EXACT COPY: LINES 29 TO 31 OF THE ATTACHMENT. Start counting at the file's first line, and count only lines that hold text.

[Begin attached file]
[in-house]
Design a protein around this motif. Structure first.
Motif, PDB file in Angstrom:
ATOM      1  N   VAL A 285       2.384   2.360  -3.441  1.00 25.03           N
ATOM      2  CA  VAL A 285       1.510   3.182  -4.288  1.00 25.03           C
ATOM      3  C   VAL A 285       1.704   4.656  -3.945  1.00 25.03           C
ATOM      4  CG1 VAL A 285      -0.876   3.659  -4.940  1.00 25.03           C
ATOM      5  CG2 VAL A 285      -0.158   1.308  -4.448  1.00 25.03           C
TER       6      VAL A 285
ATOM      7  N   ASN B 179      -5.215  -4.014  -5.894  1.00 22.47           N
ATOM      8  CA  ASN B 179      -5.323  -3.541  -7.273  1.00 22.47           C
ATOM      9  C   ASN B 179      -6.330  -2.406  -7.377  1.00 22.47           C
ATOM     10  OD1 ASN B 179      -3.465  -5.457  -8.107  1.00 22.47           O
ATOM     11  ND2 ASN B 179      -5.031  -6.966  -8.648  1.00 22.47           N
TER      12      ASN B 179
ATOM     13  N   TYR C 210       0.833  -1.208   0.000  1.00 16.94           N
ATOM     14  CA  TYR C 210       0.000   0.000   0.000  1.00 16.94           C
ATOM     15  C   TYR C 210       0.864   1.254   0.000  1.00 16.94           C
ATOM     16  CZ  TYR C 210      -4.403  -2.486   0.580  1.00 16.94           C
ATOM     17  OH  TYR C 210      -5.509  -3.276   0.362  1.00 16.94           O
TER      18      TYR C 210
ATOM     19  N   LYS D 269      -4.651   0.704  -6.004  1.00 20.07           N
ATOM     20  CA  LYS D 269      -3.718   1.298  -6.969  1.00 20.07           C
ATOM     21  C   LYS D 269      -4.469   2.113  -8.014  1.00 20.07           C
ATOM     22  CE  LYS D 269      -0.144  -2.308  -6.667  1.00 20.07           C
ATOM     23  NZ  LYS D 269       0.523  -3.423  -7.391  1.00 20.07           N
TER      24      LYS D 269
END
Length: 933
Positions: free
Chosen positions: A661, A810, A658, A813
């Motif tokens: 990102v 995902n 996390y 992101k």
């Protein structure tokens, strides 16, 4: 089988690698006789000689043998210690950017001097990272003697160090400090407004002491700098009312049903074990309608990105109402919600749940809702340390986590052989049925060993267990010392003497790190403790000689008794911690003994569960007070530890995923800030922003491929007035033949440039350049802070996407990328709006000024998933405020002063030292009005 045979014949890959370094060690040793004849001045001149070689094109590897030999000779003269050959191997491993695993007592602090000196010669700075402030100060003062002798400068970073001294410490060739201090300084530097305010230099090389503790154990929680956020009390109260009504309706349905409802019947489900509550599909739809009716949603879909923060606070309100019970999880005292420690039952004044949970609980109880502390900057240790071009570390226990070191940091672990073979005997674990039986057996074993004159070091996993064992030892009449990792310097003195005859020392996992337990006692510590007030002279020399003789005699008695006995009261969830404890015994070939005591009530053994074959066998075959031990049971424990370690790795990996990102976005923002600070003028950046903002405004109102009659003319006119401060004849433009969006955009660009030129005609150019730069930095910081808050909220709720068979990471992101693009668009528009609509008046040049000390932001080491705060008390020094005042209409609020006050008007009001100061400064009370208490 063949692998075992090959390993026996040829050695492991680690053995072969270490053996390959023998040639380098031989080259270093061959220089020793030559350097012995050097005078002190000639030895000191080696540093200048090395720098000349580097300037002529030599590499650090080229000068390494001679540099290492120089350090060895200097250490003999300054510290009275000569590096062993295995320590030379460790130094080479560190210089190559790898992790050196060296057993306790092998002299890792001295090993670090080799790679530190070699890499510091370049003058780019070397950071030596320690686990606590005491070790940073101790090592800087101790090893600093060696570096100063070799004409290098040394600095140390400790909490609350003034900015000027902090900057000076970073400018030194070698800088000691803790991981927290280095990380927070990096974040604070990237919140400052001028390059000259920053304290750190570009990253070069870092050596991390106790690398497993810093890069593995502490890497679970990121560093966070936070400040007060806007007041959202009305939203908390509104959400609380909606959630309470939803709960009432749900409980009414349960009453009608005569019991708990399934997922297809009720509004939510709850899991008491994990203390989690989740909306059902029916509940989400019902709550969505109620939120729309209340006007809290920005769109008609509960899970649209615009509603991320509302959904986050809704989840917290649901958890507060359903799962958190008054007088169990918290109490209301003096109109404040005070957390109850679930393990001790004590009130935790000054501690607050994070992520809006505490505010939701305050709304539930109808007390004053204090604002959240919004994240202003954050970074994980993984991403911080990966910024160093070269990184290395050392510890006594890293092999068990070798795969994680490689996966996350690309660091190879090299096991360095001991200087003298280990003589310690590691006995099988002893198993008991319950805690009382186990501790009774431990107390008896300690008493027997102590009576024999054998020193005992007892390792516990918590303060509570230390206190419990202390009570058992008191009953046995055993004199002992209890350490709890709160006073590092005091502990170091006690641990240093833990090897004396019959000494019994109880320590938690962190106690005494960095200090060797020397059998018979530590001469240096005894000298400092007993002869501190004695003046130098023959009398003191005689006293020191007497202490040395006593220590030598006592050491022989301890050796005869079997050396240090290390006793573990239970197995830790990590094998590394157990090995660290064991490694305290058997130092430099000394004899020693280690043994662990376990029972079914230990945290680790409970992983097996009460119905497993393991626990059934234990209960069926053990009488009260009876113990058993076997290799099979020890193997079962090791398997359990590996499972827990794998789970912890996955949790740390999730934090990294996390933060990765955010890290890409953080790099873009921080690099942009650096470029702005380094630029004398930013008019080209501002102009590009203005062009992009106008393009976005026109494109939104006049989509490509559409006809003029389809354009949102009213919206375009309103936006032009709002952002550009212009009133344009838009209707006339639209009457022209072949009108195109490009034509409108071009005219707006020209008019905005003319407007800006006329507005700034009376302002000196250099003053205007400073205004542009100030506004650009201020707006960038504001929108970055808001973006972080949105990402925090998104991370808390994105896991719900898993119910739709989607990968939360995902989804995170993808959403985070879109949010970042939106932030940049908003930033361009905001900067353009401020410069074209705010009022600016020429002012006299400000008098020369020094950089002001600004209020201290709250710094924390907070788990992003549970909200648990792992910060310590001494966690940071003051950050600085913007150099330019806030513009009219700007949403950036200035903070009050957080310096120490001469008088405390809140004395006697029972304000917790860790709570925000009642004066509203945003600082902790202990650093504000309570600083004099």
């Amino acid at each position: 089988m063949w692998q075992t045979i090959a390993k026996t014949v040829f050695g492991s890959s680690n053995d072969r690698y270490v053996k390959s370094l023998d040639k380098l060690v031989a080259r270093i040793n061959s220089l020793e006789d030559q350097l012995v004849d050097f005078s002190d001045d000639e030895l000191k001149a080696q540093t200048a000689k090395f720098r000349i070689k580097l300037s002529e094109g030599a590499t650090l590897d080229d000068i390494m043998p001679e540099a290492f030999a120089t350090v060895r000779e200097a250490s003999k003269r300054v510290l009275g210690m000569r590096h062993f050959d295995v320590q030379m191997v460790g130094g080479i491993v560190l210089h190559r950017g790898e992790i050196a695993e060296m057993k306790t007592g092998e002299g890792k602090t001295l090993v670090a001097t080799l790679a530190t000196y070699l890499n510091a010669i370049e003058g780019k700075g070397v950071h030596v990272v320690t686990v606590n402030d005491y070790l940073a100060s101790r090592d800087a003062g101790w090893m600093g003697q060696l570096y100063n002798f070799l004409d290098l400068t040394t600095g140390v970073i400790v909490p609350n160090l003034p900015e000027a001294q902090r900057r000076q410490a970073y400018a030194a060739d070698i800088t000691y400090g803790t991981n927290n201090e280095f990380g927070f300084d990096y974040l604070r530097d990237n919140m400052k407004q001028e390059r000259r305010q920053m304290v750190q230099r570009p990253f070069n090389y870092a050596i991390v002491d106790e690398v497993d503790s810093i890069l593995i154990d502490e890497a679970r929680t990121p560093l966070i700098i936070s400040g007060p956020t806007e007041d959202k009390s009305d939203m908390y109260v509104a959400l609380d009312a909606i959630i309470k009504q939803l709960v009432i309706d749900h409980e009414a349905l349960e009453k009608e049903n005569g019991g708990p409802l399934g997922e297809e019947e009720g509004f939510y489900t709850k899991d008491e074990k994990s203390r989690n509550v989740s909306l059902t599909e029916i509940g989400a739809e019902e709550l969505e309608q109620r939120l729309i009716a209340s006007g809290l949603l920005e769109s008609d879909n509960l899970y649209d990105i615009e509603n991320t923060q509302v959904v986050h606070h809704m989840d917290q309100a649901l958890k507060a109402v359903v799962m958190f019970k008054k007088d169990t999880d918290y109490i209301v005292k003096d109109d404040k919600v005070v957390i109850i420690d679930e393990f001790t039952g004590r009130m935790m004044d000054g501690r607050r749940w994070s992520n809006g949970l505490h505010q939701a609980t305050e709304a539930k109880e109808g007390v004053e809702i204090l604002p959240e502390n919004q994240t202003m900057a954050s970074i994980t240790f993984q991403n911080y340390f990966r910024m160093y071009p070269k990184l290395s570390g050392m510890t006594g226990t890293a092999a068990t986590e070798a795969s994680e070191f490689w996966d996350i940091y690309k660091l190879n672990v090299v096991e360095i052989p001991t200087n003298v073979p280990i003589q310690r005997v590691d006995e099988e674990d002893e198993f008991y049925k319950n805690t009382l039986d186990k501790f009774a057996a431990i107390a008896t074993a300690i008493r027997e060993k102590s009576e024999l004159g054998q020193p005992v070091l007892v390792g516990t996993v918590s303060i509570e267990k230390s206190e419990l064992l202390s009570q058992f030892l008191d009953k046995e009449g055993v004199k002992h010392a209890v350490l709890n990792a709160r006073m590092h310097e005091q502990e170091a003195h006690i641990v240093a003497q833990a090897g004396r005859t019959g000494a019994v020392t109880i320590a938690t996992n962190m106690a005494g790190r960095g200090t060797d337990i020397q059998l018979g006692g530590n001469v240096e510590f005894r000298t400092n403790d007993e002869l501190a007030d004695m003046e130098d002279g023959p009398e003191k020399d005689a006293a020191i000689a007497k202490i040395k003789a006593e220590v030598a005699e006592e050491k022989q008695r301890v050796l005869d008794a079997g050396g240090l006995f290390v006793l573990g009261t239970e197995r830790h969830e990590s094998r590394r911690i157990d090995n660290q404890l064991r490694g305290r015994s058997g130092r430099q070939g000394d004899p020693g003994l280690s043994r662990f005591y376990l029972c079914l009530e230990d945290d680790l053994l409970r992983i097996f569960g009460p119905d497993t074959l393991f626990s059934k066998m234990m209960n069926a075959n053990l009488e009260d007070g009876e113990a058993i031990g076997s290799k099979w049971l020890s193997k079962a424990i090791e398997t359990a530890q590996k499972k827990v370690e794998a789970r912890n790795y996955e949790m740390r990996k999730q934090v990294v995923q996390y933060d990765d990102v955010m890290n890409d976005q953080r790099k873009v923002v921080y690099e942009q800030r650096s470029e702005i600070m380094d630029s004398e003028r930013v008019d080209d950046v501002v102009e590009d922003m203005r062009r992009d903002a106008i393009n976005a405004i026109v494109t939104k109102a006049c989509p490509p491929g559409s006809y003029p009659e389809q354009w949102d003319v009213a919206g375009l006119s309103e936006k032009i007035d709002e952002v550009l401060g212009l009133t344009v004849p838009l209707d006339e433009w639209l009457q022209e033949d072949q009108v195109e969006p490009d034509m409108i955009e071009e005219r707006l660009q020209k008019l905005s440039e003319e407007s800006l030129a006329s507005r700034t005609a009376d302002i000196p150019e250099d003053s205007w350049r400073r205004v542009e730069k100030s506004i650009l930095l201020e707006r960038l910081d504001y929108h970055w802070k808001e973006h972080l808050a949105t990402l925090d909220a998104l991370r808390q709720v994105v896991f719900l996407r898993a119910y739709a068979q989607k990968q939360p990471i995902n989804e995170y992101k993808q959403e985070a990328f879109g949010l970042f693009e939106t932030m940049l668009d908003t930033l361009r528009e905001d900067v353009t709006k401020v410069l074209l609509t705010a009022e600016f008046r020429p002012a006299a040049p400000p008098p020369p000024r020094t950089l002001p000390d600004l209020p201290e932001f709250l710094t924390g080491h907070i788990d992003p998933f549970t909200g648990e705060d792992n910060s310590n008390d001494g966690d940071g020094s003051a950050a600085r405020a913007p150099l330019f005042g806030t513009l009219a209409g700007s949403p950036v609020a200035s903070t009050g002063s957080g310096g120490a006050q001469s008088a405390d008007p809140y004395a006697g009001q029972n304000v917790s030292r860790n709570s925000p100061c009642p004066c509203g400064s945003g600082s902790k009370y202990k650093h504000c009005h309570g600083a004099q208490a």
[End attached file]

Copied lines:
Length: 933
Positions: free
Chosen positions: A661, A810, A658, A813